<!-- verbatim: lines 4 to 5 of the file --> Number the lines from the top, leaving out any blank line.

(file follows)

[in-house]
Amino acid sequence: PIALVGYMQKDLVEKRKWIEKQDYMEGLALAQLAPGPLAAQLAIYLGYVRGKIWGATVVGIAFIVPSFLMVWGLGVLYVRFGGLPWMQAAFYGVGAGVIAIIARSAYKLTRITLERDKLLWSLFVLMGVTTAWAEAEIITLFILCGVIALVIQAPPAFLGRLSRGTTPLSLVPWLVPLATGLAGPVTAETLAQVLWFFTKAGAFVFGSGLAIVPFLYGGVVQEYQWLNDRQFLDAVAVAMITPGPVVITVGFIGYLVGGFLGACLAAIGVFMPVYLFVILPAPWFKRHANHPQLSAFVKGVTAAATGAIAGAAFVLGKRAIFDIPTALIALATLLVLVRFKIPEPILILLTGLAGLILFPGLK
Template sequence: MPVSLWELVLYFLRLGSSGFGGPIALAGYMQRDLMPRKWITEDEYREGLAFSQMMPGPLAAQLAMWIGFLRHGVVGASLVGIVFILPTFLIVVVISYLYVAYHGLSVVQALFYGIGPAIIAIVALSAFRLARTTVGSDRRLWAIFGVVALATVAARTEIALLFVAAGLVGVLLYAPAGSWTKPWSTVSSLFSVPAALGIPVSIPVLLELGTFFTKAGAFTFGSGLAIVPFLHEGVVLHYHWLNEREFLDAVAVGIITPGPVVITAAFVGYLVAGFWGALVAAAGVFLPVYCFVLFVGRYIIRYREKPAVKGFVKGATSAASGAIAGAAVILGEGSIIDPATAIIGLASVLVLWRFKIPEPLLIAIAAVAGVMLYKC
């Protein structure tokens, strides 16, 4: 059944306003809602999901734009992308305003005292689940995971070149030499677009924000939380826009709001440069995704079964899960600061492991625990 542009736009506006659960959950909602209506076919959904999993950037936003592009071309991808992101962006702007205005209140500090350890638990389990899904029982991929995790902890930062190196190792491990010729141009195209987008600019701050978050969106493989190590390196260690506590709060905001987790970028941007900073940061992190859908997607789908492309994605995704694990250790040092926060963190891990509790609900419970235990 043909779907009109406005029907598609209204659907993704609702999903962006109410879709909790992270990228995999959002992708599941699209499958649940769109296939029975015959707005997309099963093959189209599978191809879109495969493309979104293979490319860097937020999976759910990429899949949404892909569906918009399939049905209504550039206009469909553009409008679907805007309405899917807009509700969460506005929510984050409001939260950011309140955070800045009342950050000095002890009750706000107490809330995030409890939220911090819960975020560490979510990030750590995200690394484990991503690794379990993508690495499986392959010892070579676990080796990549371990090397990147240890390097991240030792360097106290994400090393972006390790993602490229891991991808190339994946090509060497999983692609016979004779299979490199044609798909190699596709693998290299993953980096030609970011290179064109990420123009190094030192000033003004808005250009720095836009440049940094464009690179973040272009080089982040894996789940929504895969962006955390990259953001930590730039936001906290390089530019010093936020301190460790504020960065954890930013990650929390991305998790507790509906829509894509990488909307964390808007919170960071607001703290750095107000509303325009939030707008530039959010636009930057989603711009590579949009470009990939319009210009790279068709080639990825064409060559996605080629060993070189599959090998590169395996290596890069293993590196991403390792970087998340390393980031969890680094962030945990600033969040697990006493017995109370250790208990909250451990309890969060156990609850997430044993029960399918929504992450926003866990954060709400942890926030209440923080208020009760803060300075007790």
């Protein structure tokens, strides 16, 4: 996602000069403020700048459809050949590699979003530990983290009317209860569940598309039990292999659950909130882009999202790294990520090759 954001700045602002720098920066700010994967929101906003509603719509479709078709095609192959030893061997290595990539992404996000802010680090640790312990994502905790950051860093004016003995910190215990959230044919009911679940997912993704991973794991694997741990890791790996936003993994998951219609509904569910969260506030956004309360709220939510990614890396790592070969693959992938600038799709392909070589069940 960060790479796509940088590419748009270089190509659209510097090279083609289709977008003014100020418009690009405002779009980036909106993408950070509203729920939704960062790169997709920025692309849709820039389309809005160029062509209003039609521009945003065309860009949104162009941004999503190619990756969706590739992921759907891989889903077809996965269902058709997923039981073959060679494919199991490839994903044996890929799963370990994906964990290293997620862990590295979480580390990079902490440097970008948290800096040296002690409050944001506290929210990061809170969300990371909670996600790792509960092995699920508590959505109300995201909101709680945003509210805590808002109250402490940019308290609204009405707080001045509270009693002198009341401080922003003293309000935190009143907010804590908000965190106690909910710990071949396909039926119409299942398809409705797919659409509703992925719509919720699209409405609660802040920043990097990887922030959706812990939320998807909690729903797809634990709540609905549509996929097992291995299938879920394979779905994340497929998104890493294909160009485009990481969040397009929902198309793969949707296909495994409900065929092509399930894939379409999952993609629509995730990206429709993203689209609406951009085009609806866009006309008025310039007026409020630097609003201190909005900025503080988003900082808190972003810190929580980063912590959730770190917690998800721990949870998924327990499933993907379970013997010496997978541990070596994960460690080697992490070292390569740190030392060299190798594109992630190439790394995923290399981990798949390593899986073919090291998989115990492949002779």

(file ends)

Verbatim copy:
């Protein structure tokens, strides 16, 4: 059944306003809602999901734009992308305003005292689940995971070149030499677009924000939380826009709001440069995704079964899960600061492991625990 542009736009506006659960959950909602209506076919959904999993950037936003592009071309991808992101962006702007205005209140500090350890638990389990899904029982991929995790902890930062190196190792491990010729141009195209987008600019701050978050969106493989190590390196260690506590709060905001987790970028941007900073940061992190859908997607789908492309994605995704694990250790040092926060963190891990509790609900419970235990 043909779907009109406005029907598609209204659907993704609702999903962006109410879709909790992270990228995999959002992708599941699209499958649940769109296939029975015959707005997309099963093959189209599978191809879109495969493309979104293979490319860097937020999976759910990429899949949404892909569906918009399939049905209504550039206009469909553009409008679907805007309405899917807009509700969460506005929510984050409001939260950011309140955070800045009342950050000095002890009750706000107490809330995030409890939220911090819960975020560490979510990030750590995200690394484990991503690794379990993508690495499986392959010892070579676990080796990549371990090397990147240890390097991240030792360097106290994400090393972006390790993602490229891991991808190339994946090509060497999983692609016979004779299979490199044609798909190699596709693998290299993953980096030609970011290179064109990420123009190094030192000033003004808005250009720095836009440049940094464009690179973040272009080089982040894996789940929504895969962006955390990259953001930590730039936001906290390089530019010093936020301190460790504020960065954890930013990650929390991305998790507790509906829509894509990488909307964390808007919170960071607001703290750095107000509303325009939030707008530039959010636009930057989603711009590579949009470009990939319009210009790279068709080639990825064409060559996605080629060993070189599959090998590169395996290596890069293993590196991403390792970087998340390393980031969890680094962030945990600033969040697990006493017995109370250790208990909250451990309890969060156990609850997430044993029960399918929504992450926003866990954060709400942890926030209440923080208020009760803060300075007790």
């Protein structure tokens, strides 16, 4: 996602000069403020700048459809050949590699979003530990983290009317209860569940598309039990292999659950909130882009999202790294990520090759 954001700045602002720098920066700010994967929101906003509603719509479709078709095609192959030893061997290595990539992404996000802010680090640790312990994502905790950051860093004016003995910190215990959230044919009911679940997912993704991973794991694997741990890791790996936003993994998951219609509904569910969260506030956004309360709220939510990614890396790592070969693959992938600038799709392909070589069940 960060790479796509940088590419748009270089190509659209510097090279083609289709977008003014100020418009690009405002779009980036909106993408950070509203729920939704960062790169997709920025692309849709820039389309809005160029062509209003039609521009945003065309860009949104162009941004999503190619990756969706590739992921759907891989889903077809996965269902058709997923039981073959060679494919199991490839994903044996890929799963370990994906964990290293997620862990590295979480580390990079902490440097970008948290800096040296002690409050944001506290929210990061809170969300990371909670996600790792509960092995699920508590959505109300995201909101709680945003509210805590808002109250402490940019308290609204009405707080001045509270009693002198009341401080922003003293309000935190009143907010804590908000965190106690909910710990071949396909039926119409299942398809409705797919659409509703992925719509919720699209409405609660802040920043990097990887922030959706812990939320998807909690729903797809634990709540609905549509996929097992291995299938879920394979779905994340497929998104890493294909160009485009990481969040397009929902198309793969949707296909495994409900065929092509399930894939379409999952993609629509995730990206429709993203689209609406951009085009609806866009006309008025310039007026409020630097609003201190909005900025503080988003900082808190972003810190929580980063912590959730770190917690998800721990949870998924327990499933993907379970013997010496997978541990070596994960460690080697992490070292390569740190030392060299190798594109992630190439790394995923290399981990798949390593899986073919090291998989115990492949002779």